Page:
Announcing Onehub Enterprise

Today we are announcing the official release of Onehub Enterprise. You may have seen some hints of this around our website before, but now it’s official. We could not be more excited about this release.

What’s Onehub Enterprise? Unlike other file sharing solutions on the market today, Onehub Enterprise is the only solution that can be fully deployed within a company’s own network infrastructure, behind the firewall. This means you get all the awesome features of Onehub, but installed on your server, on your network, with all of the data completely controlled by you.

This idea didn’t come out of thin air. We’ve heard from lots of companies who love Onehub, but they have policy or regulatory requirements (such as HIPAA, ITAR, PCI regulations) which preclude them from using a cloud-based solution.

Keeping data secure is becoming a bigger challenge in a world where employees or clients often turn to less-secure consumer services to share confidential files. Our goal with Onehub Enterprise is simple – provide an application that offers all the easy file access and collaboration features you need, while meeting the most stringent security and compliance regulations.

Here is what you can expect from Onehub Enterprise.

Ease of use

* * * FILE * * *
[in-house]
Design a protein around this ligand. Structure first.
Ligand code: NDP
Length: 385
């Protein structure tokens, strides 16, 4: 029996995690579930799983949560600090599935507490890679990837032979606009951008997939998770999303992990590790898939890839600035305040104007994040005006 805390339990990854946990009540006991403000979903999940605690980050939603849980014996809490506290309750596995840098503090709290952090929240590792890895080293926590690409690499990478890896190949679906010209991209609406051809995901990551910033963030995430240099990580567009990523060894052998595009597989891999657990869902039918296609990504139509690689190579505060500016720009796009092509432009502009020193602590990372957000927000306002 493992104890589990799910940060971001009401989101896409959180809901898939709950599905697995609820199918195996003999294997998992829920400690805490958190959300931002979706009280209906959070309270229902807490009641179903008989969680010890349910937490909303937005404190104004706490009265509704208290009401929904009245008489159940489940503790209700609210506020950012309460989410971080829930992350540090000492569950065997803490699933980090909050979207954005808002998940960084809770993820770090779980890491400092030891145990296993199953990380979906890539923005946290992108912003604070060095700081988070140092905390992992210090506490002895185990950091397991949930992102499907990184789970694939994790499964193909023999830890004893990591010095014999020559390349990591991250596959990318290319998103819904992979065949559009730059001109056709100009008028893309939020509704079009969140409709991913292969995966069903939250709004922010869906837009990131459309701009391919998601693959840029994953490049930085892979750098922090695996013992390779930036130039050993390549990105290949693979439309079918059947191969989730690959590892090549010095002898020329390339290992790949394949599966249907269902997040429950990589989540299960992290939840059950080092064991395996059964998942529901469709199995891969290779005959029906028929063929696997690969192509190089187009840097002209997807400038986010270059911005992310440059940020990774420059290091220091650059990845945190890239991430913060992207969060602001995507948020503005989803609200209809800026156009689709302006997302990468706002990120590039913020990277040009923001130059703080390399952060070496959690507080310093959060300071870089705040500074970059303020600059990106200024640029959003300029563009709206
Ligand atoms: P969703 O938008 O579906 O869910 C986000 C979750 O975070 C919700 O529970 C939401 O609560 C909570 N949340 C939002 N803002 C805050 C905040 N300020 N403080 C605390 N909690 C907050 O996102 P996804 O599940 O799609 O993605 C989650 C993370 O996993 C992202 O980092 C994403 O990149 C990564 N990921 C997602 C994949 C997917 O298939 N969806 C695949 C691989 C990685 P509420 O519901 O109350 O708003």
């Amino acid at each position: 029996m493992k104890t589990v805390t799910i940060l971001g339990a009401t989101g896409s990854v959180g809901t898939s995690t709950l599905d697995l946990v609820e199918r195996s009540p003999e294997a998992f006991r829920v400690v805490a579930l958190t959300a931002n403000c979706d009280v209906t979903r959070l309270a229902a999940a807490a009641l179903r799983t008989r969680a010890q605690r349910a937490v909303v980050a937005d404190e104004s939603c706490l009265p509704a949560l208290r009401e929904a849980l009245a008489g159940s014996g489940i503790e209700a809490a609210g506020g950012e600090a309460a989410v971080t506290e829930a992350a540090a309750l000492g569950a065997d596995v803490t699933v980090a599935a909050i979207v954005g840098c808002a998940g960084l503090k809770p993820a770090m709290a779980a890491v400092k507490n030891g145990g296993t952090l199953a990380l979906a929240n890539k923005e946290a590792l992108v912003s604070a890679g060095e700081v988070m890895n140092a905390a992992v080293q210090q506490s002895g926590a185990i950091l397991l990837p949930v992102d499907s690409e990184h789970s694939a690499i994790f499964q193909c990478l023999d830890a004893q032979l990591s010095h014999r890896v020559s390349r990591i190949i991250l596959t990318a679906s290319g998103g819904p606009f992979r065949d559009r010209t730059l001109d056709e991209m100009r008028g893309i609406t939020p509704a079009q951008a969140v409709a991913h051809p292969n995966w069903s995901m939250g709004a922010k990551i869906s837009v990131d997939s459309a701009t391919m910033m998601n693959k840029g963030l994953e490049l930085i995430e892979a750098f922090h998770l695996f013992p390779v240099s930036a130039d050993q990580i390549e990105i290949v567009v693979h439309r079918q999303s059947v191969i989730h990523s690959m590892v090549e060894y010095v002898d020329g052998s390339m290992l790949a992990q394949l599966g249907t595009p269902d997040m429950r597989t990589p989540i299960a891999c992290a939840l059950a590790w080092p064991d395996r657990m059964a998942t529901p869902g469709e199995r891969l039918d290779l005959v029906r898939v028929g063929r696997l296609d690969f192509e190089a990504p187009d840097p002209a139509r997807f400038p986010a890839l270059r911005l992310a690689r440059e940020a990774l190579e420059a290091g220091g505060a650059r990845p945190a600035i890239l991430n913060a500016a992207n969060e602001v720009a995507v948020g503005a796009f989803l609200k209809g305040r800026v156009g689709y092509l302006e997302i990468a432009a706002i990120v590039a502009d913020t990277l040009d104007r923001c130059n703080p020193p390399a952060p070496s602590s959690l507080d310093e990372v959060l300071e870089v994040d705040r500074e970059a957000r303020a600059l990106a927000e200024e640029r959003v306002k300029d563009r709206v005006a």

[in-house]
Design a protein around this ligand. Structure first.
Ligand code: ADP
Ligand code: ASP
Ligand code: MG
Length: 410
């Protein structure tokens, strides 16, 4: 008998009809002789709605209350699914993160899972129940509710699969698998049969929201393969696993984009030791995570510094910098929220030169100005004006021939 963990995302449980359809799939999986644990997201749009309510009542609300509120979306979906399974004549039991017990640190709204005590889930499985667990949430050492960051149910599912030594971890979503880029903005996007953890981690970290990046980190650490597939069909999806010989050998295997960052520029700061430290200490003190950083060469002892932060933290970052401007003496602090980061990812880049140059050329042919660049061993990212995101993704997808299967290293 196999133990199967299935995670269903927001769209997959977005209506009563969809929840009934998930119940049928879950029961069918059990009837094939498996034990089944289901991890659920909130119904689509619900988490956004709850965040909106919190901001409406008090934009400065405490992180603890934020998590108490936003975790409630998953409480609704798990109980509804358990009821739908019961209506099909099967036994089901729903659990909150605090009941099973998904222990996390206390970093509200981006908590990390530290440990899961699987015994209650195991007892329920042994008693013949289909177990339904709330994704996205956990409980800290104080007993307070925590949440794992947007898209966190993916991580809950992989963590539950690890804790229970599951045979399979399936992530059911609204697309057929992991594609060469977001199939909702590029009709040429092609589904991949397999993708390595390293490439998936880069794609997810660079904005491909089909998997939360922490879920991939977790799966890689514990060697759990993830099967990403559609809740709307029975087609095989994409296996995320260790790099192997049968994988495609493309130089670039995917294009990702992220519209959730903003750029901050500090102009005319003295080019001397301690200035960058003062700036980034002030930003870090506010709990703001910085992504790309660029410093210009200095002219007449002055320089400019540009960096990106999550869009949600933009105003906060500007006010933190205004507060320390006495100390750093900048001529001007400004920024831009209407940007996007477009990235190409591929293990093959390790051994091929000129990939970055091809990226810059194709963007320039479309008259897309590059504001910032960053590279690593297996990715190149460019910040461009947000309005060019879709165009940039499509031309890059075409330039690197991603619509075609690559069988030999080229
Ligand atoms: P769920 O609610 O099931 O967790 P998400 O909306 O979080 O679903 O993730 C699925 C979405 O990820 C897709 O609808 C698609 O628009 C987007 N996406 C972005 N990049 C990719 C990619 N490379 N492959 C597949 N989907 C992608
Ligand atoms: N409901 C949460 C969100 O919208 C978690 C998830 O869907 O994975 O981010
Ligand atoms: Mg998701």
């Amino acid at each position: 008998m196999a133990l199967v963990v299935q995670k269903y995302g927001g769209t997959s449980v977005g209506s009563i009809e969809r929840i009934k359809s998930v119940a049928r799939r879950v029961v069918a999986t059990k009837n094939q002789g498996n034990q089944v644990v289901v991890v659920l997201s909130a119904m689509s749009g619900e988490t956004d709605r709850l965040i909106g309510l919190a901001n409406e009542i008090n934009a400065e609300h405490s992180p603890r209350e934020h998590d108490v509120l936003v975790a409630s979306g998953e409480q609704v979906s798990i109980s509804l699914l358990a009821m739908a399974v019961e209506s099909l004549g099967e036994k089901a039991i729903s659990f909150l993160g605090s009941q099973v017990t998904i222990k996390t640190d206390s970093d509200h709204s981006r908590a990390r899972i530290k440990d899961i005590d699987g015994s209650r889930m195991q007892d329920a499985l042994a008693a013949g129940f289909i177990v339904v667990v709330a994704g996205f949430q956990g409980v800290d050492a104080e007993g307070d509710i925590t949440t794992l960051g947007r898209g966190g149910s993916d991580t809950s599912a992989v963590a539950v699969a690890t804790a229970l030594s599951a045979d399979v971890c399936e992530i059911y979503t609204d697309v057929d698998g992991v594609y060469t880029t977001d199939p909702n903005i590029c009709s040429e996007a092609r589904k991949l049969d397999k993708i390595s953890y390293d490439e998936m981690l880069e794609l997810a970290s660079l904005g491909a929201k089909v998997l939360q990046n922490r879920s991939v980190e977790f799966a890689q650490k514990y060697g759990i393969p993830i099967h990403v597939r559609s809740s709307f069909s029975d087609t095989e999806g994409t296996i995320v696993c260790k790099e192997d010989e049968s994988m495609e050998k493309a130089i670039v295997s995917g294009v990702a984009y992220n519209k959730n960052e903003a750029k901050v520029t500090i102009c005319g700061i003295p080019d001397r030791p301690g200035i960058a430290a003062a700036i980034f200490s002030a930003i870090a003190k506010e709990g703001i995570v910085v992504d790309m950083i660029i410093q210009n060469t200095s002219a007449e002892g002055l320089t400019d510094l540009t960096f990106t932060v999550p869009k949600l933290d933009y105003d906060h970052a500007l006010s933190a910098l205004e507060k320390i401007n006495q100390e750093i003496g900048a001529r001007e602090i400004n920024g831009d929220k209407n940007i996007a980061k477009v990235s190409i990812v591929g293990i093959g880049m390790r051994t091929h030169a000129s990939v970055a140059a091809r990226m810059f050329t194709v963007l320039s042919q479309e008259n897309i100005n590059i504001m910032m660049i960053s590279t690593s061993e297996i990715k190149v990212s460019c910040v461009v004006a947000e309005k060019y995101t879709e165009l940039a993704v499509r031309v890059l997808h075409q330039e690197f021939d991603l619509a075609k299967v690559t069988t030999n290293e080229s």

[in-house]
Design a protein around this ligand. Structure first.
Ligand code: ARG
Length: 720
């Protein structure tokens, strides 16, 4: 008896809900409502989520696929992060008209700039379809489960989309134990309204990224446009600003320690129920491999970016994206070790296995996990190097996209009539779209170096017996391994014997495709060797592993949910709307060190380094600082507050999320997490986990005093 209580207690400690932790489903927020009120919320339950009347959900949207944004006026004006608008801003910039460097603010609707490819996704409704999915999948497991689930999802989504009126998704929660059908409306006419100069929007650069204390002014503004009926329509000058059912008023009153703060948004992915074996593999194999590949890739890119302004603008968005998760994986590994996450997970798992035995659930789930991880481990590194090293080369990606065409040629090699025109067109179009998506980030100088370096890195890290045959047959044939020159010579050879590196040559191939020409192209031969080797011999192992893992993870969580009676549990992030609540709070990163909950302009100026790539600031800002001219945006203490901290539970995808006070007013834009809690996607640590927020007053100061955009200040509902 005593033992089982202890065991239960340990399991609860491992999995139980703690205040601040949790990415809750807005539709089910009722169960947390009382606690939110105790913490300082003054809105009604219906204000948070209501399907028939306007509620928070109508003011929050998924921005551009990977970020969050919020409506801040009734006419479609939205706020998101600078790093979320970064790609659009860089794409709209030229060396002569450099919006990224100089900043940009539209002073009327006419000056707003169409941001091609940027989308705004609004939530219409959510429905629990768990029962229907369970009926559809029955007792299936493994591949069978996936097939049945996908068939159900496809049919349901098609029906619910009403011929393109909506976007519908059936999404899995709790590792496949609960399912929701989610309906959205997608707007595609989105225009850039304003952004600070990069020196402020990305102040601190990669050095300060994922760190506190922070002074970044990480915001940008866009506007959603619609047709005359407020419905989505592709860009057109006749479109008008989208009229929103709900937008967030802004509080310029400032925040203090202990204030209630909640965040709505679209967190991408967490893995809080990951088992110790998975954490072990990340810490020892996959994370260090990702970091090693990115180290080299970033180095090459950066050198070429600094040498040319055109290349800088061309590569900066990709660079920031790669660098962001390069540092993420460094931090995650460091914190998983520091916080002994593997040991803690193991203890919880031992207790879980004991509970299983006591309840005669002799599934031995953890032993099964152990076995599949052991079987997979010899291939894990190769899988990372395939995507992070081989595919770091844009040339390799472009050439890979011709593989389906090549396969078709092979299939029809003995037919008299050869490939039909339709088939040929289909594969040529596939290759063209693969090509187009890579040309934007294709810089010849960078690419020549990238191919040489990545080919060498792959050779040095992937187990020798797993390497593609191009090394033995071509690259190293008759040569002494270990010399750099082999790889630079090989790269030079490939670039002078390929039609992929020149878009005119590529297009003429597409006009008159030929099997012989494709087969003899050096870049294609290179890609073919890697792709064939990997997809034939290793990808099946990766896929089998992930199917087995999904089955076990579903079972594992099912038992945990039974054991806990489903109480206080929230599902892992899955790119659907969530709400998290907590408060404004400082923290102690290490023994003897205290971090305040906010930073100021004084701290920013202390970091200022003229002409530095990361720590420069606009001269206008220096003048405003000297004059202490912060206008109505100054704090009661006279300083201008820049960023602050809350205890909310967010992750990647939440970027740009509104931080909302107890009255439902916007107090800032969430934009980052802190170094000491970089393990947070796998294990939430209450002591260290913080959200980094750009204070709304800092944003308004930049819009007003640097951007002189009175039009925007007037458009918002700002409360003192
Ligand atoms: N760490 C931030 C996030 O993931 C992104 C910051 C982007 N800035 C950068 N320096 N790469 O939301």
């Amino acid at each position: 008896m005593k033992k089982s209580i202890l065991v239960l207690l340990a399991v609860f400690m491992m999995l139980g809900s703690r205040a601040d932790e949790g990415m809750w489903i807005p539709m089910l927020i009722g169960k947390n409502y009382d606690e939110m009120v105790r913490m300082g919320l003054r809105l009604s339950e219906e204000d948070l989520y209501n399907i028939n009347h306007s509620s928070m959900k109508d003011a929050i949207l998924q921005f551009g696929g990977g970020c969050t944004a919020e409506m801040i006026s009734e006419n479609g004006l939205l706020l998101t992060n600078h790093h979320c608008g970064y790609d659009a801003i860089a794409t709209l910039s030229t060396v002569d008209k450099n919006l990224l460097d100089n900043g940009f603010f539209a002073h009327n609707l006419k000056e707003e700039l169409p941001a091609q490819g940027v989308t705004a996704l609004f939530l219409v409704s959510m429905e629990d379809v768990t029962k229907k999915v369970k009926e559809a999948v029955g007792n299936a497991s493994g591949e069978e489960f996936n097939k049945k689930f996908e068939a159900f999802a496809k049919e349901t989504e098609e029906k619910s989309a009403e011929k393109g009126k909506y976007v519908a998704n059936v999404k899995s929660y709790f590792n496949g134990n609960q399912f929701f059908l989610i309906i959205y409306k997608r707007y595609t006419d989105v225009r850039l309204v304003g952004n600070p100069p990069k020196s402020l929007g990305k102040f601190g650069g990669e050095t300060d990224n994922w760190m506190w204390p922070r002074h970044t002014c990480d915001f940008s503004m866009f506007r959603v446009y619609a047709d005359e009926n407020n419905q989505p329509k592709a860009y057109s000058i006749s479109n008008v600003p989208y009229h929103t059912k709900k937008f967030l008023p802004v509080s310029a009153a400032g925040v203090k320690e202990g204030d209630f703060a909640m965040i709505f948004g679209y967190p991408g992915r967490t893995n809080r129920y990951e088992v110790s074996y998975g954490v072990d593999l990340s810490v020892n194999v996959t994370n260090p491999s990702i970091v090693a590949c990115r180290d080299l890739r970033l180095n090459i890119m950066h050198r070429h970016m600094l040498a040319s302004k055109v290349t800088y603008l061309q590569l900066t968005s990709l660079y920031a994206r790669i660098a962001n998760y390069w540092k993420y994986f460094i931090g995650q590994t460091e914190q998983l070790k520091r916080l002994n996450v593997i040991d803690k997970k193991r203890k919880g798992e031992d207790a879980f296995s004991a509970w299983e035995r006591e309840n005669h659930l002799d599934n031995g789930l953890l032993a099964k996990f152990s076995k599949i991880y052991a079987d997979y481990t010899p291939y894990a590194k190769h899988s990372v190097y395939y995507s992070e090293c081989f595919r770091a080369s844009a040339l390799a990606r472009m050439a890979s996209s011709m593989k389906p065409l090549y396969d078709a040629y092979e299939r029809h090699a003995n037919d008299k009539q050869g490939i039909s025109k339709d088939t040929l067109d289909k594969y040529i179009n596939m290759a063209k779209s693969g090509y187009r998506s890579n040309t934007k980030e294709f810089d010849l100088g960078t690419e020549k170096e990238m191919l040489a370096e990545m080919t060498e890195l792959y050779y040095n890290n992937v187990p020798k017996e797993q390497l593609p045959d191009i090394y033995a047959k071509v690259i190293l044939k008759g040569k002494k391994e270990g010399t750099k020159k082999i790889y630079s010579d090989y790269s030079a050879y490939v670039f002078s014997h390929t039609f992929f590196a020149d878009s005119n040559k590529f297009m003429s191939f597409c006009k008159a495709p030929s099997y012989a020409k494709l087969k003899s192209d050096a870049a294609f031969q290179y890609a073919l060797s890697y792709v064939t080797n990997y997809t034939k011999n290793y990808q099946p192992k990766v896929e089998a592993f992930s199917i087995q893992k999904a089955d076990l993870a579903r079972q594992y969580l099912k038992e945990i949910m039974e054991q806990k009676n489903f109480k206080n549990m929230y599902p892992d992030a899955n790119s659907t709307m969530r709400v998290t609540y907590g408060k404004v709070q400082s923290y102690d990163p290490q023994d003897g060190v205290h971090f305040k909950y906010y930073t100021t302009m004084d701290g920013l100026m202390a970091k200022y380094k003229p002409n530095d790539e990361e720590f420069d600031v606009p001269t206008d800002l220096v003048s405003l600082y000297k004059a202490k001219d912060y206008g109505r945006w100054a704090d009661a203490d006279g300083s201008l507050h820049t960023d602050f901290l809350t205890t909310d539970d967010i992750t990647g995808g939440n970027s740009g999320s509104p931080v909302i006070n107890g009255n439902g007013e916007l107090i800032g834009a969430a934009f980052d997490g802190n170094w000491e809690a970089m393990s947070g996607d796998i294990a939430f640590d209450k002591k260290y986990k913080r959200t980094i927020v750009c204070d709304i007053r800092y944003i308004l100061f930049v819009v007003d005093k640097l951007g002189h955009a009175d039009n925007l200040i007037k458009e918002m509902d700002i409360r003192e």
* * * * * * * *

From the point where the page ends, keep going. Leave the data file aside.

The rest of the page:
• Download, install, and configure in minutes.
  • Easy customization enables a branded look-and-feel.
  • Access, manage, and share from any mobile device.

Centralized and Granular Control

  • Create and organize accounts in any structure, set optional storage limits, delegate account ownership, and invite employees all from the same place.
  • Intuitive dashboards provide real-time status, information, and controls.
  • Connect to Active Directory for easy user management.

Logging and Audit Features

  • Monitor all file access, including what files have been accessed, when and by whom.
  • Version control ensures that prior drafts are not lost.
  • Setup notifications to alert you of user activity.

We asked our CEO, Charles Mount, to sum up why we decided to build Onehub Enterprise. Here’s what he said:

“There are any number of cloud-based, file sharing applications on the market, but companies who are not interested in replicating sensitive data in the cloud don’t have many options. That’s why it is so important to develop a solution that addresses that critical need.”

Learn more about Onehub Enterprise today to see why we are so excited about it.

Activity Pages Now Available